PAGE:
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Enterprise RIA with Spring 3, Flex 4 and GraniteDS

01.25.2011
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Adobe Flex is one of the most widely used client technologies for building rich applications and Spring 3 is one of the most popular Java application frameworks. These two technologies make a great combination for building enterprise applications with a modern looking and rich user interface.

There are various options to integrate them, that each have their pros and cons, such as Web/REST services and the Spring-Flex project promoted by Adobe and SpringSource. There are lots of articles and resources about them, here I will focus on an alternative approach using the open source project GraniteDS.

GraniteDS is based on a cleanroom implementation of the AMF3 remoting and messaging protocols, and has been historically the first open source implementation of the AMF3 protocol in Java. It has been providing out-of-the-box integration with Spring very early and this integration has continually been improved with each new version of GraniteDS, following a few core principles :

  • Provide a fully integrated Spring/Flex/GraniteDS RIA platform that makes configuration and integration code mostly inexistant. The platform includes in particular the tools and Flex client libraries necessary to easily use all features of Spring and its associated technologies (persistence, security...).
  • Promote type-safety as much as possible in both Java and AS3 applications, ensuring that most integration issues can be detected early at compile/build time.

 

These core design choices make GraniteDS very different from for example Adobe BlazeDS that has only a server-side part. In this article I will show this concept of RIA platform at work by building a simple application using the following features :

  • Flex AMF remoting to Spring services.
  • Support for Hibernate/JPA detached entities directly in the Flex application. Bye bye DTOs and lazy initialization exceptions.
  • Support for the Bean Validation API (JSR-303) with the corresponding Flex validators.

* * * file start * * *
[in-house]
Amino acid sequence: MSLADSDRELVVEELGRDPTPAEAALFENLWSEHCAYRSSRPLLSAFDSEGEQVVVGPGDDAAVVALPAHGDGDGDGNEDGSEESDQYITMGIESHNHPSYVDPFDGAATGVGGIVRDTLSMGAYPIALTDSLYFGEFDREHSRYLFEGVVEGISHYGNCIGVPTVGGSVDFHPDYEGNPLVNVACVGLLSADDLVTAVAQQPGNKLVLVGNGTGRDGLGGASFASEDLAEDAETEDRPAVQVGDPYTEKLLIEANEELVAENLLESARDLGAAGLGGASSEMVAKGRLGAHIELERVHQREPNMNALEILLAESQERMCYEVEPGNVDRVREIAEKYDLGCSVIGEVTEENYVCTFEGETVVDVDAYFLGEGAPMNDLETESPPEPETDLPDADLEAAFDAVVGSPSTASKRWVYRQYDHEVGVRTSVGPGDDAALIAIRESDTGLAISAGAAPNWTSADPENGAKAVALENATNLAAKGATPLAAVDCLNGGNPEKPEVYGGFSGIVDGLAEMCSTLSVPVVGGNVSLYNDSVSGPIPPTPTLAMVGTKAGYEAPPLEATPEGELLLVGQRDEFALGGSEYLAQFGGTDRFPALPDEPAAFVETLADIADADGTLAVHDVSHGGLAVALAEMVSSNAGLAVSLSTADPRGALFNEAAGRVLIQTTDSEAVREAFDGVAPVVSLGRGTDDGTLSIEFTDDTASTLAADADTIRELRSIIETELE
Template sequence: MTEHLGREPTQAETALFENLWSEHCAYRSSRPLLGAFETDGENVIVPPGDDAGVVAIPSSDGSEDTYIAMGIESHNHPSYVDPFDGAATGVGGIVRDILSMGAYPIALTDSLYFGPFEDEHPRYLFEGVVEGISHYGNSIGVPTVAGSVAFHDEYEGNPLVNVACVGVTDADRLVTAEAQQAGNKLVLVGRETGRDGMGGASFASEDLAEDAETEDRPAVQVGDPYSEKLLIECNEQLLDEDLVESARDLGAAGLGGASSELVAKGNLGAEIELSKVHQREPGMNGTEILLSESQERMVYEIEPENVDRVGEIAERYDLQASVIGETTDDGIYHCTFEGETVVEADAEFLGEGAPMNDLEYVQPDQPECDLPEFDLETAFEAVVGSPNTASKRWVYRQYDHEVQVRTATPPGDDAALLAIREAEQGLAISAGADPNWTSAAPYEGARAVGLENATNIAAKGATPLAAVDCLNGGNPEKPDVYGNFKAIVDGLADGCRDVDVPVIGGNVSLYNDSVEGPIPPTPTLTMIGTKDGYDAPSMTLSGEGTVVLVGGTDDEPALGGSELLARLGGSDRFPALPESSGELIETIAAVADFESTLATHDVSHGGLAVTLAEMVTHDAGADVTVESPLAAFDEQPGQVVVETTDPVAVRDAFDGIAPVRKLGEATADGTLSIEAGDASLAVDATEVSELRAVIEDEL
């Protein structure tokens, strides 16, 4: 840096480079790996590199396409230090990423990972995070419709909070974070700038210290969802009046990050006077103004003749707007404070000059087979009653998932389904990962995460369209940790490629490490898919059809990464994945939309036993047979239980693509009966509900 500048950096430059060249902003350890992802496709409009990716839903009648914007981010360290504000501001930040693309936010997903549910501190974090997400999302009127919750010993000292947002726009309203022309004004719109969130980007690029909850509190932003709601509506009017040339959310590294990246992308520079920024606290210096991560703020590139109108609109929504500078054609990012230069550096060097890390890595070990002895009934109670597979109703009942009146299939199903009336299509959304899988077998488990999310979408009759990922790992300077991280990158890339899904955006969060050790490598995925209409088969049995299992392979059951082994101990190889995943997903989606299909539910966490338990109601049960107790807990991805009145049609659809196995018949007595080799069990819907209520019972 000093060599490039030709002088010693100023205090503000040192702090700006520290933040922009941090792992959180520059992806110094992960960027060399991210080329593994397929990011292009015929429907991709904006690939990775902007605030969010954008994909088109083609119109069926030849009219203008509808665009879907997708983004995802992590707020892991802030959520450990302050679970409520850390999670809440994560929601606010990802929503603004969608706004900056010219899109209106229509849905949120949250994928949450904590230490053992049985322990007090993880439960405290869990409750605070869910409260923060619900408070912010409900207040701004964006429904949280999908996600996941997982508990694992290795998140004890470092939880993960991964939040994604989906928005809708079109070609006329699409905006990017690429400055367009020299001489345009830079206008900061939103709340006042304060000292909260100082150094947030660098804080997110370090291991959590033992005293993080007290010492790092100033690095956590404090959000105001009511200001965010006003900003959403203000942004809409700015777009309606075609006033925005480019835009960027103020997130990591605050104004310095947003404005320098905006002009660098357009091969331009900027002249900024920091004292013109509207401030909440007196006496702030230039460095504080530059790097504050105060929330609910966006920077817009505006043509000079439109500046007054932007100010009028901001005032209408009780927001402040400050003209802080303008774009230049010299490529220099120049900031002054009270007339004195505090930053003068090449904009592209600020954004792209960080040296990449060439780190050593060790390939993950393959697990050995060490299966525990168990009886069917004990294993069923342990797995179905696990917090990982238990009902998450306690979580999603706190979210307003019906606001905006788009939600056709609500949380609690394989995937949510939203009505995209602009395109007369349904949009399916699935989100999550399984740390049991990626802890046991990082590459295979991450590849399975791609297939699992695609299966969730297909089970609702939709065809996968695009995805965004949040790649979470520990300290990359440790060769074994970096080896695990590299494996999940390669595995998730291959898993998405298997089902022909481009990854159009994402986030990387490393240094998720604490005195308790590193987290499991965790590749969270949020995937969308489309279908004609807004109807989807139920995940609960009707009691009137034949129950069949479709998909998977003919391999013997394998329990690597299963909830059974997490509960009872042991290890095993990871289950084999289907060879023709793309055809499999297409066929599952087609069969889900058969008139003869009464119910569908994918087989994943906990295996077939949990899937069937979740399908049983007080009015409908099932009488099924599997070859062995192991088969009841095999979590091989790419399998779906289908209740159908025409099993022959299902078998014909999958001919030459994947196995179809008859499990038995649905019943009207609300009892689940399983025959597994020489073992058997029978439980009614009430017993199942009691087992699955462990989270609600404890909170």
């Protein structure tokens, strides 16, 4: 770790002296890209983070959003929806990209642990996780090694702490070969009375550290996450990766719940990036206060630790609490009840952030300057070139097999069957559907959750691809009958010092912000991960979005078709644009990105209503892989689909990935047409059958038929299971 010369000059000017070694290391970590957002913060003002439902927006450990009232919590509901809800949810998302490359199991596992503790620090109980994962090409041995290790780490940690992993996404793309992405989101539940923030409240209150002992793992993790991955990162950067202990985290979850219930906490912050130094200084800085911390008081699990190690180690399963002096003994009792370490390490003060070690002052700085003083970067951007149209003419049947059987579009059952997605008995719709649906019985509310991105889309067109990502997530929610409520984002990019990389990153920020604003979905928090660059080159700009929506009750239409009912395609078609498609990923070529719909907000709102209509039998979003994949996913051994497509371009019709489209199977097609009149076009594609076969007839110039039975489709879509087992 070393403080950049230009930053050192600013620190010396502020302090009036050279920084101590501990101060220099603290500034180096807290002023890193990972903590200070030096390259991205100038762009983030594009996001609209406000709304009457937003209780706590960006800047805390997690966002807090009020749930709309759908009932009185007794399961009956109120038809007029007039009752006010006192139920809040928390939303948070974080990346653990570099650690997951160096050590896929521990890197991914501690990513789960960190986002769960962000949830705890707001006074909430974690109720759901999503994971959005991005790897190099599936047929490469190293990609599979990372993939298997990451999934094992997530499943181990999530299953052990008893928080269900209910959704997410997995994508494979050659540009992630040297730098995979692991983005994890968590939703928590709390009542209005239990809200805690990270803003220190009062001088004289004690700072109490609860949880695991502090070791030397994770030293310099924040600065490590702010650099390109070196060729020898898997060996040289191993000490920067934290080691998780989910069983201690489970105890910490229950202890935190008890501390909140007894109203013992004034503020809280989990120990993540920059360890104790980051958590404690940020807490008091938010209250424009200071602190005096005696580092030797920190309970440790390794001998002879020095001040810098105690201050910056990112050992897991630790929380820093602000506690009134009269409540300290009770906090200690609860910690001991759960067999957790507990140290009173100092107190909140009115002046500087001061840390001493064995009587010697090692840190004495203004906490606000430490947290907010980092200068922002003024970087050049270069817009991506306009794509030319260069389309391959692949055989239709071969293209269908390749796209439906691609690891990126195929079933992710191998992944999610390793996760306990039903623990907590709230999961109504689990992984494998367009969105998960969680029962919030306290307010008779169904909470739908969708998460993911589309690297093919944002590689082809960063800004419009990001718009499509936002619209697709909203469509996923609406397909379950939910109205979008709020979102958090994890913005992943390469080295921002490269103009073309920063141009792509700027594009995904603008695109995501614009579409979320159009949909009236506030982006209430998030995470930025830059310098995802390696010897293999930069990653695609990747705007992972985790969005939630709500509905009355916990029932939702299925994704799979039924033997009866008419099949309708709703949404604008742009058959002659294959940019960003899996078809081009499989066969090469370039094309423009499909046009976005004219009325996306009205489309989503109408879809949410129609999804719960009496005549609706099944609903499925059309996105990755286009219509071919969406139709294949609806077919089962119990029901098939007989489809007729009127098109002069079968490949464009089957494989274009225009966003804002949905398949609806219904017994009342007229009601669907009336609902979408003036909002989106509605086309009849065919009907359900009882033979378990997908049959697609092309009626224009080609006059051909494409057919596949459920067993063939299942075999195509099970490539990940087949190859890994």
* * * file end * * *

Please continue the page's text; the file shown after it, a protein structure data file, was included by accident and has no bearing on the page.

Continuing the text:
• Support for Spring Security 3 and Flex components that integrate with server-side authorization.
  • Support for 'real-time' data push.

 

As a side note, GraniteDS still supports the classic Flex RemoteObject API and is thus a close drop-in replacement for BlazeDS with some useful enhancements, but provides an alternative Flex API called Tide that is easier to use and brings the full power of the platform.

Project setup

We have to start somewhere, and the first step is to create the Spring application. This is no big deal, we could just start by a standard Spring MVC application, and just add a few GraniteDS elements in the Spring application context. To make things easier, I'm going to use a Maven archetype (Maven 3 recommended) :

mvn archetype:generate
-DarchetypeGroupId=org.graniteds.archetypes
-DarchetypeArtifactId=graniteds-tide-spring-jpa-hibernate
-DgroupId=org.example
-DartifactId=gdsspringflex
-Dversion=1.0-SNAPSHOT

 

This creates a basic project skeleton that includes persistence, security and real-time data push features. As a starting point you can simply build the project and run it with the Maven jetty plugin :

cd gdsspringflex
mvn install
cd webapp
mvn jetty:run-war
Then browse http://localhost:8080/gdsspringflex/gdsspringflex.swf, and log in with admin/admin or user/user.

 

The structure of the project is a classic multi-module Maven project with a Flex module, a Java module and a Web application module. It uses the very nice flexmojos plugin to build the Flex application with Maven.

<b>gdsspringflex</b>
|- pom.xml
|- flex
|- pom.xml
|- src/main/flex
|- Main.mxml
|- Login.mxml
|- Home.mxml
|- java
|- pom.xml
|- src/main/java
|- org/example/entities
|- AbstractEntity.java
|- Welcome.java
|- org/example/services
|- ObserveAllPublishAll.java
|- WelcomeService.java
|- WelcomeServiceImpl.java
|- webapp
|- pom.xml
|- src/main/webapp
|- WEB-INF
|- web.xml
|- dispatcher-servlet.xml
|- spring
|- app-config.xml
|- app-jpa-config.xml
|- app-security-config.xml

If we forget about the default generated application sources in the Flex and Java modules, and focus only on configuration, the most interesting files are web.xml and the app*config.xml Spring configuration files.

web.xml basically includes Spring 3 listeners, a Spring MVC dispatcher servlet mapped on /graniteamf/* that will handle AMF requests, and a Gravity servlet for Jetty mapped on /gravityamf/* (Gravity is the name of the GraniteDS Comet-based messaging implementation).

<web-app version="2.4" xmlns="http://java.sun.com/xml/ns/j2ee"
xmlns:xsi="http://www.w3.org/2001/XMLSchema-instance"
xsi:schemaLocation="http://java.sun.com/xml/ns/j2ee http://java.sun.com/xml/ns/j2ee/web-app_2_4.xsd">

<display-name>GraniteDS Tide/Spring</display-name>
<description>GraniteDS Tide/Spring Archetype Application</description>

<context-param>
<param-name>contextConfigLocation</param-name>
<param-value>
/WEB-INF/spring/app-config.xml,